“Shocking footage from Madison, WI. They’re not only busing in people from out of state; they are also busing in palm trees.”
Earlier this week, Fox News came under fire after airing edited footage of union protests in Sacramento while talking about protests in Madison, WI on The O’Reilly Factor. (Sidenote: Coincidentally, O’Reilly and Fox News correspondent Mike Tobin have a conversation about the crowds distrust in Fox News just prior to the deceptive footage used.) While mistakes can be made in television, I thought I would give a little insight into just what it takes to make such a mistake.
First, I would like to say that this is by no means the first time Fox has made a critical editing error which some would argue favors their agenda. Take, for instance, the controversy caused just a few weeks prior when Fox News used Ron Paul’s 2010 CPAC straw poll win (which received a thunderous disapproval) rather than his 2011 victory. In November of 2009, Fox News was caught using footage from a 9/12 rally to support his numbers for an entirely different Tea Party rally.While mistakes are common in television production, these mistakes always compliment Fox News rather than impede them in any way.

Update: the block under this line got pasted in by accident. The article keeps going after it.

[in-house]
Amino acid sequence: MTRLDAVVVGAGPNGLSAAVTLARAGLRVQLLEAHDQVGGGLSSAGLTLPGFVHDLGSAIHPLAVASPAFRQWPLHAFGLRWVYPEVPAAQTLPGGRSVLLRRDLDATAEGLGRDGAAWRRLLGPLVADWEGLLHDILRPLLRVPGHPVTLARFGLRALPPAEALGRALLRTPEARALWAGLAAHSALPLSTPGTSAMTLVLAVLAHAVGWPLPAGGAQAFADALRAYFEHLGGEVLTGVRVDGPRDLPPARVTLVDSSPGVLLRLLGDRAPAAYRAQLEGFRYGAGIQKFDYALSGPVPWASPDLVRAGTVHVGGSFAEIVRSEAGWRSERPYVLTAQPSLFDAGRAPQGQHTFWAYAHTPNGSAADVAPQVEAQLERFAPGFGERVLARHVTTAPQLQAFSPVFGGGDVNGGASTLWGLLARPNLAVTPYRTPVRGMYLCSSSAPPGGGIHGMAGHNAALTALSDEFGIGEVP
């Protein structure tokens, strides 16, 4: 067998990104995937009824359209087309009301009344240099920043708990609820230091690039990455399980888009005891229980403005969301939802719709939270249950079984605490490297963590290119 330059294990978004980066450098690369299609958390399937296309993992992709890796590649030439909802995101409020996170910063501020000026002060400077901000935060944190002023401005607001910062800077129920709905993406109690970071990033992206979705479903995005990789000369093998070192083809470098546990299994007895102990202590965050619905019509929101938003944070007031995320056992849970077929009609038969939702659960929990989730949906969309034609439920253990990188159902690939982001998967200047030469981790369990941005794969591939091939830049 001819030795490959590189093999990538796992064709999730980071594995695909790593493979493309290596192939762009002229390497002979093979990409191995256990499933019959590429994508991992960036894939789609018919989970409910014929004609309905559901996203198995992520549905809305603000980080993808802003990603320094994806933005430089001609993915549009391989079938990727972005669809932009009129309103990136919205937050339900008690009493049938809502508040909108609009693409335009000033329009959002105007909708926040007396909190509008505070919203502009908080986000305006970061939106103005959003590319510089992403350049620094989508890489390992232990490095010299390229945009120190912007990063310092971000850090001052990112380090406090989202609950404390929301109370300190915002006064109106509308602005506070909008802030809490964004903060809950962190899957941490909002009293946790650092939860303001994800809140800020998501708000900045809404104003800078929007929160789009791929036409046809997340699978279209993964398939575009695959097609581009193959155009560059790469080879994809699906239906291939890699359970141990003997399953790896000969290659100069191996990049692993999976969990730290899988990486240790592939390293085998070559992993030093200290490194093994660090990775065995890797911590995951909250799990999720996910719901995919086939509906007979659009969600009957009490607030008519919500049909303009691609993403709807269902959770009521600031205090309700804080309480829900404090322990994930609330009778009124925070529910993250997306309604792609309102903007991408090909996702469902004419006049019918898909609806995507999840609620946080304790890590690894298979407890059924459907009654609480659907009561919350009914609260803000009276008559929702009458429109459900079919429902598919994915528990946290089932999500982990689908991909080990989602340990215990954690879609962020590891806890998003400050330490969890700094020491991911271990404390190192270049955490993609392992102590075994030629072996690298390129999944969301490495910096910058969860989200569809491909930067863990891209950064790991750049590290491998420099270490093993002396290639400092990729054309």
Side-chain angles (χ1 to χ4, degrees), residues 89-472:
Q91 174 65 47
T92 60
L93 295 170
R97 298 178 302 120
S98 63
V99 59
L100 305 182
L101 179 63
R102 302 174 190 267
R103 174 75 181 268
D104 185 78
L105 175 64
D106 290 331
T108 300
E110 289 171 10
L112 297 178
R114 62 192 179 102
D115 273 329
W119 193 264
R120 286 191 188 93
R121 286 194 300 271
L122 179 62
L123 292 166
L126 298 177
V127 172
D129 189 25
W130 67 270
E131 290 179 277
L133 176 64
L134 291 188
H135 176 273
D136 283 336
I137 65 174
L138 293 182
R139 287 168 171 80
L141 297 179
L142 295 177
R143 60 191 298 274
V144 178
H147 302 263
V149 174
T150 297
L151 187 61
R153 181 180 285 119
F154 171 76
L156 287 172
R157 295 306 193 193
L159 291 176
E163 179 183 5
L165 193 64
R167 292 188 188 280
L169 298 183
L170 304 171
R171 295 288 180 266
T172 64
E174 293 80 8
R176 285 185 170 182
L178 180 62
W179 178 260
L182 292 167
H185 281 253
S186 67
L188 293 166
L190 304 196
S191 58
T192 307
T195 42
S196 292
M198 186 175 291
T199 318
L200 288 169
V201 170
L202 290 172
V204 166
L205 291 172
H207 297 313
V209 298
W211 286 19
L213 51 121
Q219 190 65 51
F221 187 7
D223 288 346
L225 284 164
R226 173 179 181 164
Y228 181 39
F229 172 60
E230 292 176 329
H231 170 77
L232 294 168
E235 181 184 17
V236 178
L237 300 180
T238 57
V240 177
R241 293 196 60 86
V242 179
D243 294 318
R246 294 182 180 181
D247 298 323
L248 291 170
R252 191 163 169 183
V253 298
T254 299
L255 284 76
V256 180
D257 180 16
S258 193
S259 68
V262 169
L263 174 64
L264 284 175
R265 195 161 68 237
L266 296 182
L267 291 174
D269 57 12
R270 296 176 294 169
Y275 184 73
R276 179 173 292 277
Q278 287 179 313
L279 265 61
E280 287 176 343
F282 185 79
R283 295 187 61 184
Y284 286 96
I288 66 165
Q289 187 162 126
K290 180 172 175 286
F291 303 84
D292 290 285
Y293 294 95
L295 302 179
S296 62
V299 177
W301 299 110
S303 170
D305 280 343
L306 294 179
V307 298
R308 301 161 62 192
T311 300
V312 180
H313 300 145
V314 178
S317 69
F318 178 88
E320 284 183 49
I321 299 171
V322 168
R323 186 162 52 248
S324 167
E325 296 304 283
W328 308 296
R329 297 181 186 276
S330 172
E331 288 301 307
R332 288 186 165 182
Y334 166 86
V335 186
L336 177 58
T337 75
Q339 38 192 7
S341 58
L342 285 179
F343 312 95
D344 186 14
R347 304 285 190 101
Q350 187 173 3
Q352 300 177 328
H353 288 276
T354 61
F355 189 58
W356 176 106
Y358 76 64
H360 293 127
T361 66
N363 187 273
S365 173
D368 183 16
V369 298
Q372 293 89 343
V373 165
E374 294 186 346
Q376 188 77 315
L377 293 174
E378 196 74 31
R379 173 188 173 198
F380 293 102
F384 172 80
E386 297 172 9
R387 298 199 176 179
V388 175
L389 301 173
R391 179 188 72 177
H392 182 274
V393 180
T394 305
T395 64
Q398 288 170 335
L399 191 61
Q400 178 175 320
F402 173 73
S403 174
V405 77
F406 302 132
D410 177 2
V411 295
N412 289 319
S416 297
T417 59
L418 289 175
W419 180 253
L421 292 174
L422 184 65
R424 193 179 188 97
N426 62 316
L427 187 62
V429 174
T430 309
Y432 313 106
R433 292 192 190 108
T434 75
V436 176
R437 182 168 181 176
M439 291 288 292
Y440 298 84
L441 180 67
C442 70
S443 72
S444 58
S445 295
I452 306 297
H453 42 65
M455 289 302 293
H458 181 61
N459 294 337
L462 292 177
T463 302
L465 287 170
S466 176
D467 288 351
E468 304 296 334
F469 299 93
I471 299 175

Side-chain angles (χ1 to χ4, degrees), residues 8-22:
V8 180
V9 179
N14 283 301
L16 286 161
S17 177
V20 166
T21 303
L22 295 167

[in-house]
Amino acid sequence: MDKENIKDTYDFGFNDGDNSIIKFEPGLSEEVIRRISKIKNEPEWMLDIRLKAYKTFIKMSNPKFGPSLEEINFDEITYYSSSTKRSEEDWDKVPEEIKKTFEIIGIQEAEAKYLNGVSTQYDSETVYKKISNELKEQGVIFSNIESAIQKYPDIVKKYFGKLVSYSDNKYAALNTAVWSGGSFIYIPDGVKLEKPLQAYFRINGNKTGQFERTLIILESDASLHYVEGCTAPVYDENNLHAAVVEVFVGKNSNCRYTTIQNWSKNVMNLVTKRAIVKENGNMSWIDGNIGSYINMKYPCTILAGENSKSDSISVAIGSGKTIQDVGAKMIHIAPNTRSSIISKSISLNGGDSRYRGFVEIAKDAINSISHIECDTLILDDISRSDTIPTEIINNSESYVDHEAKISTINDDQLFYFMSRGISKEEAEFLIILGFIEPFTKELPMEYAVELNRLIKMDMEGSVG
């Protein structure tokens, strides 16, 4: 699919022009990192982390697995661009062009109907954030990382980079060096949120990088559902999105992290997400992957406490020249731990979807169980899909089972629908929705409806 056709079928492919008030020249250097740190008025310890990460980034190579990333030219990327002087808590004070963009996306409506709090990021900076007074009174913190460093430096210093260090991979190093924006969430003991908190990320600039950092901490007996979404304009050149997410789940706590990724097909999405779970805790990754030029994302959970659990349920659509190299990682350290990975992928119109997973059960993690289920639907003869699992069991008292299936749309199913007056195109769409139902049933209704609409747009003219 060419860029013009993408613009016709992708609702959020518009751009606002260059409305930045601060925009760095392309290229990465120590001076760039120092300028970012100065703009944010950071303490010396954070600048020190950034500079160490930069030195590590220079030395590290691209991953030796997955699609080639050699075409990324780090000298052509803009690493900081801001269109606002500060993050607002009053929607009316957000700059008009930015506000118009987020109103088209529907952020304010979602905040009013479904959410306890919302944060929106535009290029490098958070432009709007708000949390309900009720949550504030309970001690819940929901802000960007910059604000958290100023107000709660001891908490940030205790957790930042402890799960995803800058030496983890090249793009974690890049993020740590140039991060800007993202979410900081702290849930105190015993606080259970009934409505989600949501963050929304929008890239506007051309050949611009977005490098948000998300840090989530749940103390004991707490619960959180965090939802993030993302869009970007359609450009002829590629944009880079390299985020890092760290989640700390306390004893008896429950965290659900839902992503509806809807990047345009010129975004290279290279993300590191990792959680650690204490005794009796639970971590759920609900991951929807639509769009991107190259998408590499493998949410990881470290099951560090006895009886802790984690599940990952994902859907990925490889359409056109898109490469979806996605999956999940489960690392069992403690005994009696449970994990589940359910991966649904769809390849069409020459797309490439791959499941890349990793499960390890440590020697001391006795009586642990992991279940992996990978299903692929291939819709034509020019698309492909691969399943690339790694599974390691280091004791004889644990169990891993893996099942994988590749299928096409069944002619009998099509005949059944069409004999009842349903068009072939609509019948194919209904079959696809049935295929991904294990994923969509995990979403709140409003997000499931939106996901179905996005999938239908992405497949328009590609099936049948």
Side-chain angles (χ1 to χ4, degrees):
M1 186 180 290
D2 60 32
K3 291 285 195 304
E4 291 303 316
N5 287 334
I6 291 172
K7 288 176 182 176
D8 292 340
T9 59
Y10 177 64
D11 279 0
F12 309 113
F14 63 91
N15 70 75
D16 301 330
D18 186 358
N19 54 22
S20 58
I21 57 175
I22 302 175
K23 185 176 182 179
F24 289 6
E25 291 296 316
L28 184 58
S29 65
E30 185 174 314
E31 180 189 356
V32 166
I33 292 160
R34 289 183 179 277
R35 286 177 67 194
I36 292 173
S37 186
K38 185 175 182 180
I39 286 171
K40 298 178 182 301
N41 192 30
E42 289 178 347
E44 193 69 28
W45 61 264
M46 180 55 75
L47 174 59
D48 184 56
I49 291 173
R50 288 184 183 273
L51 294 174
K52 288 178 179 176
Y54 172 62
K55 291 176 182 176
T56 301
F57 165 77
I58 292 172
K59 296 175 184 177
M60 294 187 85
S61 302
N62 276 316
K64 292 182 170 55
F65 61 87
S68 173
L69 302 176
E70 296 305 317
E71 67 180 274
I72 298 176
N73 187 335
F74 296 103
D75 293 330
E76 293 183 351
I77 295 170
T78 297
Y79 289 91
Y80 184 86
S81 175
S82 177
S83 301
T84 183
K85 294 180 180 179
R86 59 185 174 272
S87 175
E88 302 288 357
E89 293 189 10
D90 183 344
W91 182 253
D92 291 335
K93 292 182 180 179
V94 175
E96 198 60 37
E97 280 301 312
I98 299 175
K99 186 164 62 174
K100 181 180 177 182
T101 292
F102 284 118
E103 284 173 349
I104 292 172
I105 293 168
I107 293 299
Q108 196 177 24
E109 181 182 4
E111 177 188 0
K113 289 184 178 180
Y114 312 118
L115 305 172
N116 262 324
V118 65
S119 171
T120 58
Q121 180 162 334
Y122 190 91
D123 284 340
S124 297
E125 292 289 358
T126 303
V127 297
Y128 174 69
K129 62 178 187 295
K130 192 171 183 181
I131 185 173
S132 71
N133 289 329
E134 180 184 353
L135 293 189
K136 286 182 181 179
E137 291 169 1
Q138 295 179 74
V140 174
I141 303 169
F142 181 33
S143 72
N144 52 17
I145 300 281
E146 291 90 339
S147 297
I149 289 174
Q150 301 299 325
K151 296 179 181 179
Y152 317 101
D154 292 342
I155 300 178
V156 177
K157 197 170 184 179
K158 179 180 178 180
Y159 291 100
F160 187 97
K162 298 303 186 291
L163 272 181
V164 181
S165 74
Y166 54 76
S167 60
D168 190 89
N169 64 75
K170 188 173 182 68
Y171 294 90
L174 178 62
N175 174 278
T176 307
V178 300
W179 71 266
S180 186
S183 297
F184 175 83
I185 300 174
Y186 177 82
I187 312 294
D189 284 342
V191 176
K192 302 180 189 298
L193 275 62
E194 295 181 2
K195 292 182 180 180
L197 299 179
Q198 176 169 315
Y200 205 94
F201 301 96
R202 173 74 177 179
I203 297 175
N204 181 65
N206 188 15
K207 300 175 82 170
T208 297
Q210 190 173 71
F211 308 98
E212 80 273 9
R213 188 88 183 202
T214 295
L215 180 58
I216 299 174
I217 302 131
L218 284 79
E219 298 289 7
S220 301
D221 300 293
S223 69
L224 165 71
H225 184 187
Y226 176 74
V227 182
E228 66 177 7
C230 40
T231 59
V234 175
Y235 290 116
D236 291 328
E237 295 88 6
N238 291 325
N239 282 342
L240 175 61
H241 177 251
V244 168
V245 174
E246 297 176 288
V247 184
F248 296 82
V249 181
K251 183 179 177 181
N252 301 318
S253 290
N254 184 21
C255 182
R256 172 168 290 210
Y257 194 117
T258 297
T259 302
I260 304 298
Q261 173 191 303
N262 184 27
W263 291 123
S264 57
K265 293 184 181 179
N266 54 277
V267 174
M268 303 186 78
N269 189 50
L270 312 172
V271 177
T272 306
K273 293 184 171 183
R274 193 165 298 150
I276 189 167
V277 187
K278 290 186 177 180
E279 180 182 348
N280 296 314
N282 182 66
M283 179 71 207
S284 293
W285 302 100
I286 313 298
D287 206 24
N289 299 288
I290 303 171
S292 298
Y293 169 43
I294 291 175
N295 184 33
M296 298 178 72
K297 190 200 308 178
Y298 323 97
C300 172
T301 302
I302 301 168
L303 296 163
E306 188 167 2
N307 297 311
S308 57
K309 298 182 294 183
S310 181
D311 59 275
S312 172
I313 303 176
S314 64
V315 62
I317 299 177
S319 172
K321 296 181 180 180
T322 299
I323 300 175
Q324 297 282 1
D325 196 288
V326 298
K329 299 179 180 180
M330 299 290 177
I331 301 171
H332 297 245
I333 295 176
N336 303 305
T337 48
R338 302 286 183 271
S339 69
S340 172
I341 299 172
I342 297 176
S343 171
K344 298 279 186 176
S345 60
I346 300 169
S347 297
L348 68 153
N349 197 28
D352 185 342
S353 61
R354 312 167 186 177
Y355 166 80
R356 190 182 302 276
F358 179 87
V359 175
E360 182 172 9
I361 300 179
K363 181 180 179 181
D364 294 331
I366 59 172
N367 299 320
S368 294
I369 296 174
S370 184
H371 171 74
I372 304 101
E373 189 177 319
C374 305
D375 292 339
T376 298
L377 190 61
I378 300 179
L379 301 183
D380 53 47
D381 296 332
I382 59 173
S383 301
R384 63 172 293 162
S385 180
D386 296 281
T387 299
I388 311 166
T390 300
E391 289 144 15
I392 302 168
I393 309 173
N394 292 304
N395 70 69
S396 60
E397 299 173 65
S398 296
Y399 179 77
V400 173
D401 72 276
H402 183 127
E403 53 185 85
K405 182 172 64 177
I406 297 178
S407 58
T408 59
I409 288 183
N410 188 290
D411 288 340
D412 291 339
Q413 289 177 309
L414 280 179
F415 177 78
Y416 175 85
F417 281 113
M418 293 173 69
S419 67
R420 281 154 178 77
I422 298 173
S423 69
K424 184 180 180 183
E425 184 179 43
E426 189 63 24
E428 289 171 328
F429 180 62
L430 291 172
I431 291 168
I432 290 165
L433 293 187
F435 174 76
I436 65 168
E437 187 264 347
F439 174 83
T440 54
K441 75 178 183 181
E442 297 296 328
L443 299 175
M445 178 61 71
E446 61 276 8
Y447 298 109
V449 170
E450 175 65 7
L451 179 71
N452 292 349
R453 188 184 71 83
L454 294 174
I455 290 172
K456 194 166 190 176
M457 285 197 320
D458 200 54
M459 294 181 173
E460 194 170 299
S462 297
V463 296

Secondly, although I have not worked in any capacity with live television coverage, I do work in the field of television production. I can say from my experience that mistakes do happen quite often, some more noticeable than others. That being said, there are guidelines in place to ensure that most errors of this nature are prevented.
Footage is collected from archives by editors, cut up into clips to be used as pundits talk, and then brought up by a director with the producer of the show looking over the whole picture. There are several individuals who see this footage both before and during the broadcast, hence the chances of such mishaps occurring is very slim.
O’Reilly’s mistake seems more plausible than others by virtue of the fact that the footage was used earlier in his program. What is inexcusable, however, is Hannity’s production blunder. The footage shown on the reel Hannity uses had to be edited thoroughly together into one clip before being put into any video playback playback equipment. It is very likely in this case someone knew what they were doing or that this “error” was either caught and not corrected or deliberately done to mislead. If this is true, the blunders following this 2009 fiasco lose some of their credibility as “honest mistakes”.
Thirdly, even if one does subscribe to the notion that all of these were in fact mistakes, the consequence of such error is pretty significant. The only thing one can deduce from such error is lack of professionalism and attention to detail. If Fox News hastily assembles its footage for broadcast, what does this say about their thoroughness in reporting and investigative journalism?
While accidents do happen, it seems very suspicious that such mishaps occur on Fox News in such an advantageous way. The protesters in Wisconsin, on the other hand, can only wish for palm trees and sunny skies on the cold winter nights at the capital.